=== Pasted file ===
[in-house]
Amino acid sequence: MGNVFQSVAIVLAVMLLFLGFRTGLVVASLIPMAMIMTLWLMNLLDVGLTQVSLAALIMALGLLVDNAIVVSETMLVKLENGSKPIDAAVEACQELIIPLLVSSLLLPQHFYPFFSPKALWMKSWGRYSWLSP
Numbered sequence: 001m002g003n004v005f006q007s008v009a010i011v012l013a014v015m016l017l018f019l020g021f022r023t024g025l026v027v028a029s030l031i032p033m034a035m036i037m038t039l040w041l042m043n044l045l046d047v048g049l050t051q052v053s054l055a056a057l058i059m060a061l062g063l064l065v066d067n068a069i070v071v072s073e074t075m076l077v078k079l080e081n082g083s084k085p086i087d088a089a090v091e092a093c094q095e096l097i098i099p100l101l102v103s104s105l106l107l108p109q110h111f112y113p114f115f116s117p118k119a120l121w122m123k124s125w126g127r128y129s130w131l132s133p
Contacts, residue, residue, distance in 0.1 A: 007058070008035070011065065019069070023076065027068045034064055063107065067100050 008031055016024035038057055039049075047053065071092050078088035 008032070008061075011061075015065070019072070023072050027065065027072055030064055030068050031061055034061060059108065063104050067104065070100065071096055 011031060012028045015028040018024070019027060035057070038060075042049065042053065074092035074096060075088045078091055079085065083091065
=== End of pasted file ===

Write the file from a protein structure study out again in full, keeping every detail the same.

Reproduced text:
[in-house]
Amino acid sequence: MGNVFQSVAIVLAVMLLFLGFRTGLVVASLIPMAMIMTLWLMNLLDVGLTQVSLAALIMALGLLVDNAIVVSETMLVKLENGSKPIDAAVEACQELIIPLLVSSLLLPQHFYPFFSPKALWMKSWGRYSWLSP
Numbered sequence: 001m002g003n004v005f006q007s008v009a010i011v012l013a014v015m016l017l018f019l020g021f022r023t024g025l026v027v028a029s030l031i032p033m034a035m036i037m038t039l040w041l042m043n044l045l046d047v048g049l050t051q052v053s054l055a056a057l058i059m060a061l062g063l064l065v066d067n068a069i070v071v072s073e074t075m076l077v078k079l080e081n082g083s084k085p086i087d088a089a090v091e092a093c094q095e096l097i098i099p100l101l102v103s104s105l106l107l108p109q110h111f112y113p114f115f116s117p118k119a120l121w122m123k124s125w126g127r128y129s130w131l132s133p
Contacts, residue, residue, distance in 0.1 A: 007058070008035070011065065019069070023076065027068045034064055063107065067100050 008031055016024035038057055039049075047053065071092050078088035 008032070008061075011061075015065070019072070023072050027065065027072055030064055030068050031061055034061060059108065063104050067104065070100065071096055 011031060012028045015028040018024070019027060035057070038060075042049065042053065074092035074096060075088045078091055079085065083091065